News / Asia

    China, S. Korea Criticize Japanese Ministers' War Shrine Visit

    Japanese lawmakers, including cabinet ministers, are led by a Shinto priest as they visit the Yasukuni Shrine for the war dead in Tokyo, October 18, 2012.
    Japanese lawmakers, including cabinet ministers, are led by a Shinto priest as they visit the Yasukuni Shrine for the war dead in Tokyo, October 18, 2012.
    China and South Korea are criticizing the latest visits to a controversial Tokyo war shrine by members of the Japanese cabinet.

    The Thursday visits by two Japanese cabinet ministers, former prime minister Yoshiro Mori and more than 60 other lawmakers from various parties to the Yasukuni shrine prompted quick criticism in other Asian countries.

    Yasukuni, where the souls of Class-A war criminals are enshrined, is viewed as a symbol of Japan's early 20th century militarism.

    The Japanese officials say their visit was timed to an autumn festival.

    South Korean foreign ministry spokesman Cho Tai-young calls the act by the Japanese politicians irresponsible, ignoring the sentiments of the victims of Japan's past imperialism in neighboring countries.

    Cho says the government of the Republic of Korea wants Japanese political leaders to be responsible and humbly confront history.

    In Beijing, China's foreign ministry spokesman Hong Lei also called on the Japanese to reflect on history  to better get along with their neighbors.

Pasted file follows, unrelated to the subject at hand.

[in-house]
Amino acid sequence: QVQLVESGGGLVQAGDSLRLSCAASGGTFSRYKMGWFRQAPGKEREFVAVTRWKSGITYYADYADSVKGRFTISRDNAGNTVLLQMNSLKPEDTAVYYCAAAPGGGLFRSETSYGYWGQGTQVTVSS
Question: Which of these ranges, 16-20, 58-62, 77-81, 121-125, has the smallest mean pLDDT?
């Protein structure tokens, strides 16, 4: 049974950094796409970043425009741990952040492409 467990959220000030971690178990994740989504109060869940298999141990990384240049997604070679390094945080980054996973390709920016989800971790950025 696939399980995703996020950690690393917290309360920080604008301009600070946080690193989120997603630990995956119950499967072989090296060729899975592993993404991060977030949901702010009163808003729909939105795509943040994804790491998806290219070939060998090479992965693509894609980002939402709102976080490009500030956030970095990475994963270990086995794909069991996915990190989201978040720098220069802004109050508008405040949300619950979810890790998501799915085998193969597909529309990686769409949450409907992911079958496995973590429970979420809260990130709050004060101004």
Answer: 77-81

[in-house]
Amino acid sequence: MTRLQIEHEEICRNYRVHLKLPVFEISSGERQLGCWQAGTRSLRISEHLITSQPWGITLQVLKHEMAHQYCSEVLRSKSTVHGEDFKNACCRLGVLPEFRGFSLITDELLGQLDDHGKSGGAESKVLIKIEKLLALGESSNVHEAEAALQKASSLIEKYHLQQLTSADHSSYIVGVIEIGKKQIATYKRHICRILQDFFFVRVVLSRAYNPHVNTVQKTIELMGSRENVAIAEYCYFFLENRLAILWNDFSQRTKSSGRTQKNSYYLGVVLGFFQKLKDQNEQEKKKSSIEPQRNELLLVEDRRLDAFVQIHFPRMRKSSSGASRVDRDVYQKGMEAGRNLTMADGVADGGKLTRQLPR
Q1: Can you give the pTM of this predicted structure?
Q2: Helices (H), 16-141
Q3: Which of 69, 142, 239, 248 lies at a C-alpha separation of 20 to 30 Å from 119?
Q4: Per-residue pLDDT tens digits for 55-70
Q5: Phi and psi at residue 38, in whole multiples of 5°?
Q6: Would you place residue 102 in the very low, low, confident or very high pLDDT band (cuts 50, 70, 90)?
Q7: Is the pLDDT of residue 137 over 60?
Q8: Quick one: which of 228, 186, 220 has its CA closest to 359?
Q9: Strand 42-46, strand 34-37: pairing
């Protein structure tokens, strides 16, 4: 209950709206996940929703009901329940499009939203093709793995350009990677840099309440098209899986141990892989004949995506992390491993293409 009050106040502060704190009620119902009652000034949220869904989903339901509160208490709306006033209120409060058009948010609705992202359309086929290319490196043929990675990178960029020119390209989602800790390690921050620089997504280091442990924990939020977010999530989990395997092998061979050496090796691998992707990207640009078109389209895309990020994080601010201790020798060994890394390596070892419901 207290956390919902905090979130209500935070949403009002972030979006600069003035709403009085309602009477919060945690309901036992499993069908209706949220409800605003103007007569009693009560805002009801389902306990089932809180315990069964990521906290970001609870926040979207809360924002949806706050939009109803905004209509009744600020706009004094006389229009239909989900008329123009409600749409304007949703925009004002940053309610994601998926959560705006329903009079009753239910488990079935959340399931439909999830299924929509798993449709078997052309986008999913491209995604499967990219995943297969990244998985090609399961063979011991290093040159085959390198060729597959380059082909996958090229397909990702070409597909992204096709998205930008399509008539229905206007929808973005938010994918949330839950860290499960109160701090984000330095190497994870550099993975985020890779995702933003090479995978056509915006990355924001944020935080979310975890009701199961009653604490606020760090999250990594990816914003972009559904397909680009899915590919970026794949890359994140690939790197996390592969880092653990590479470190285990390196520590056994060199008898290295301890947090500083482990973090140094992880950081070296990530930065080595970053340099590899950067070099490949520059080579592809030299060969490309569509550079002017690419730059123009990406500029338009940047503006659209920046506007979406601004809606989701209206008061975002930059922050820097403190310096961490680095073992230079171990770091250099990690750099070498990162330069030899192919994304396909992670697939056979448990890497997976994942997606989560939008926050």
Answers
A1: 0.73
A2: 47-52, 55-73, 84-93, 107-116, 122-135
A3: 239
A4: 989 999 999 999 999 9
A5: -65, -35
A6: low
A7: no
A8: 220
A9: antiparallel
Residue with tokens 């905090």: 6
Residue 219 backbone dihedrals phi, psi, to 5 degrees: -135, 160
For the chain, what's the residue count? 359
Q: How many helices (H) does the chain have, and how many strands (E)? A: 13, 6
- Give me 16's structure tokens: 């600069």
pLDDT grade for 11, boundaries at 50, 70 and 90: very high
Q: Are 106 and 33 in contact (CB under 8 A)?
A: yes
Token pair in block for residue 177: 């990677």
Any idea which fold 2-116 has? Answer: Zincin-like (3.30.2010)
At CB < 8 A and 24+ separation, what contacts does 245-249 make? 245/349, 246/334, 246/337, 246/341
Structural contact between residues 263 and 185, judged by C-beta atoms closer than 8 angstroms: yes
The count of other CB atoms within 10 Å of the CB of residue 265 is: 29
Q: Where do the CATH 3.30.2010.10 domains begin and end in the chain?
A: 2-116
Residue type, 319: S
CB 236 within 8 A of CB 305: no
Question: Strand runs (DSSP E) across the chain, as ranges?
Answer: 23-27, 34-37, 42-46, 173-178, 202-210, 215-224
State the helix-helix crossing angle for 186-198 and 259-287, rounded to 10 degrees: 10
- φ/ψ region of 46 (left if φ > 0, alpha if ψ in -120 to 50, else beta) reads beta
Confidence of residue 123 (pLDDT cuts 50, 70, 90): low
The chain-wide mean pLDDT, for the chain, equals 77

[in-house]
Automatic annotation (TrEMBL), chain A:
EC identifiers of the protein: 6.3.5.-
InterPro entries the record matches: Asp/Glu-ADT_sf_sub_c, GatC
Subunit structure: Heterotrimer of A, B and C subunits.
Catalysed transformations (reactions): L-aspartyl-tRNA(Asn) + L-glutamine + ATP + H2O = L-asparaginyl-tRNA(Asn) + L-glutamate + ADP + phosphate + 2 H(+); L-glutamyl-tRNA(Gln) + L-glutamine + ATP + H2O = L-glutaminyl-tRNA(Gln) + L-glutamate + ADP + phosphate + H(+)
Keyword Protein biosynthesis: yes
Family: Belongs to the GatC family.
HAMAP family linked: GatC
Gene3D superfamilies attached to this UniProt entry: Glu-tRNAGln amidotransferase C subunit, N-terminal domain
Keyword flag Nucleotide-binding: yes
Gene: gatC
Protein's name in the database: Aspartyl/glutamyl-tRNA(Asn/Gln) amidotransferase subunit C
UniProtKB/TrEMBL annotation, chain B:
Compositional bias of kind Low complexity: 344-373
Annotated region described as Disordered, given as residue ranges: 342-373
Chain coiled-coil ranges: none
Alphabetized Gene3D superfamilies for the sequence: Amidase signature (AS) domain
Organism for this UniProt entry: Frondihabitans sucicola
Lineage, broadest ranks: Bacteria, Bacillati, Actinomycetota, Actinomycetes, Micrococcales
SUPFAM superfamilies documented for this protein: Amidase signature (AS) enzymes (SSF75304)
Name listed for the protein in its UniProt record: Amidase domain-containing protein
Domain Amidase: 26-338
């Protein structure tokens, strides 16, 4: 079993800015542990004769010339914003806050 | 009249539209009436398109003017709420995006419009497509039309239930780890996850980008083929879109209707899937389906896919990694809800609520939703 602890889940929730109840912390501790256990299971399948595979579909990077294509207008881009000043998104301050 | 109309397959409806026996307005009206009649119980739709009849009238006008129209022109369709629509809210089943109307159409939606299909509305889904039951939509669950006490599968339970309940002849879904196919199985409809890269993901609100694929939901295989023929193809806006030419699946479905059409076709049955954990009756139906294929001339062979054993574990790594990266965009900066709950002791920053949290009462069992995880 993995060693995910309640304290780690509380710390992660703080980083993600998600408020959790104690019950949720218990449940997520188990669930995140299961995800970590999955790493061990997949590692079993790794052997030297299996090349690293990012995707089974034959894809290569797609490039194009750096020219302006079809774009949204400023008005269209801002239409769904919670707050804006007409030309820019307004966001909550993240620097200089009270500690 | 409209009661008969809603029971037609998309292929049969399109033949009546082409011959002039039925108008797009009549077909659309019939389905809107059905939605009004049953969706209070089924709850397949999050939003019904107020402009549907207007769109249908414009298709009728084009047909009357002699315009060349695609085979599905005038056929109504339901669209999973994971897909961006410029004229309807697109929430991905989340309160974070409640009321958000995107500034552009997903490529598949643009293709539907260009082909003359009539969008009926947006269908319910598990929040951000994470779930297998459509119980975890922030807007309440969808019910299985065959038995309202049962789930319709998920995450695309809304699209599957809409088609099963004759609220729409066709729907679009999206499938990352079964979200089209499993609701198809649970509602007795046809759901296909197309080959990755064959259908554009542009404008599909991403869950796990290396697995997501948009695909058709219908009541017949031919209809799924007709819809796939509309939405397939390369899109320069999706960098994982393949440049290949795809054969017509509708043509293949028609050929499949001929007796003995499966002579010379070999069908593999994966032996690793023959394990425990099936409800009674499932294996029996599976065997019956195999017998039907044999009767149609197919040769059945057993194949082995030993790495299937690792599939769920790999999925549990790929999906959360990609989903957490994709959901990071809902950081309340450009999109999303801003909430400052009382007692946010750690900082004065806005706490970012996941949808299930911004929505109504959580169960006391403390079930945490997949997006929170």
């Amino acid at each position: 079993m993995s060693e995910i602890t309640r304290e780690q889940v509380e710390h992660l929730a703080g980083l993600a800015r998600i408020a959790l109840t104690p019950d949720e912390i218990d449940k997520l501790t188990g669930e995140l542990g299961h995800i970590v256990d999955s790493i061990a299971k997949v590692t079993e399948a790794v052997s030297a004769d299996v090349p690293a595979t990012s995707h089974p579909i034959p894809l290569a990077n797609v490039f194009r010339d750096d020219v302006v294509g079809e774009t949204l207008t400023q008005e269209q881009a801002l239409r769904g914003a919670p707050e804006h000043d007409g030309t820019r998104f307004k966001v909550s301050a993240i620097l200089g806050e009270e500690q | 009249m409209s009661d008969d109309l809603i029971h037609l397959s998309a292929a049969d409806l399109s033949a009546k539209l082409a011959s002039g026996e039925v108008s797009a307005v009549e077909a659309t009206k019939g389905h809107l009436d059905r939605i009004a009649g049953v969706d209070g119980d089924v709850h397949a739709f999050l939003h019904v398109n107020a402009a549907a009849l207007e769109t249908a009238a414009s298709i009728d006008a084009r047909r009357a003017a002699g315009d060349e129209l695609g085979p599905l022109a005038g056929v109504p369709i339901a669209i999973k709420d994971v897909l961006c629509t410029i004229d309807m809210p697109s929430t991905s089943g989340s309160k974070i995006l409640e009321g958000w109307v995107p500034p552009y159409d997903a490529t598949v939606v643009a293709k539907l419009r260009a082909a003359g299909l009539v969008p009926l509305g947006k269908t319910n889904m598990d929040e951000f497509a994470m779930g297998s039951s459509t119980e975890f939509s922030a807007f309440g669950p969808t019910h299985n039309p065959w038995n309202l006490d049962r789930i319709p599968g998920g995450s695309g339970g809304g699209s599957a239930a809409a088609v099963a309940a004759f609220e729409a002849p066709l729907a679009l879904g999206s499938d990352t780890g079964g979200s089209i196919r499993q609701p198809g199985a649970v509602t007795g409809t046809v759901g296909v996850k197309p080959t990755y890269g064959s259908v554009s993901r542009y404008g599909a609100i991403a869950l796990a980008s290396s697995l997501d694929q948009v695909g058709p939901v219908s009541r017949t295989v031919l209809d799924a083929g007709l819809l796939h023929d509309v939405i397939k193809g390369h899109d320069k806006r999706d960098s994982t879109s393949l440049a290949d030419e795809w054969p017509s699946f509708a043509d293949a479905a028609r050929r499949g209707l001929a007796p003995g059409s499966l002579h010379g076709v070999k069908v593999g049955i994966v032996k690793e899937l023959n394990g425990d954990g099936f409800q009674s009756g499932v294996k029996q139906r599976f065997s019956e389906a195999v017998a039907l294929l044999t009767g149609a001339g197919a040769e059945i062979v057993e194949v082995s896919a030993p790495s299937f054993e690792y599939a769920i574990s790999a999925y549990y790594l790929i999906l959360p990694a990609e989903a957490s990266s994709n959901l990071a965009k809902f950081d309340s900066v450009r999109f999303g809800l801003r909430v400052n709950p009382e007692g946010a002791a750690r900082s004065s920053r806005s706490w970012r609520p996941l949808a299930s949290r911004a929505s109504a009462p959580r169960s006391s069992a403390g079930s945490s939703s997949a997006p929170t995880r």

Hong says the shrine is a spiritual pillar of Japan's overseas aggression.

    One of the cabinet members making the pilgrimage to the shrine, Postal Privatization Minister Mikio Shimoji says he made the visit in his official capacity as the secretary general of the People's New Party, an ally of the governing Democratic Party of Japan.

    Shimoji says he hopes the visit by him and other politicians will not become a major diplomatic issue.

    Transport minister Yuichiro Hata says his visit was in a private capacity.

    Hata says he does not know whether the visit will have an effect on relations with China, but he hopes it does not.

    The politicians appeared at the shrine one day after the leader of the main opposition Liberal Democratic Party, Shinzo Abe, offered prayers there.

    China's Xinhua news agency remarked that Abe's visit has dealt another blow to already fragile Sino-Japanese relations.

    Abe, a hawkish former prime minister, is the leading candidate to return to his old job should the opposition prevail in the next general election.

    Current Prime Minister Yoshihiko Noda of the DPJ, has refrained from visiting Yasukuni and had asked that members of his cabinet also not visit, a request also not heeded previously.

    Steve Herman

    A veteran journalist, Steve Herman is VOA's Southeast Asia Bureau Chief and Correspondent, based in Bangkok.

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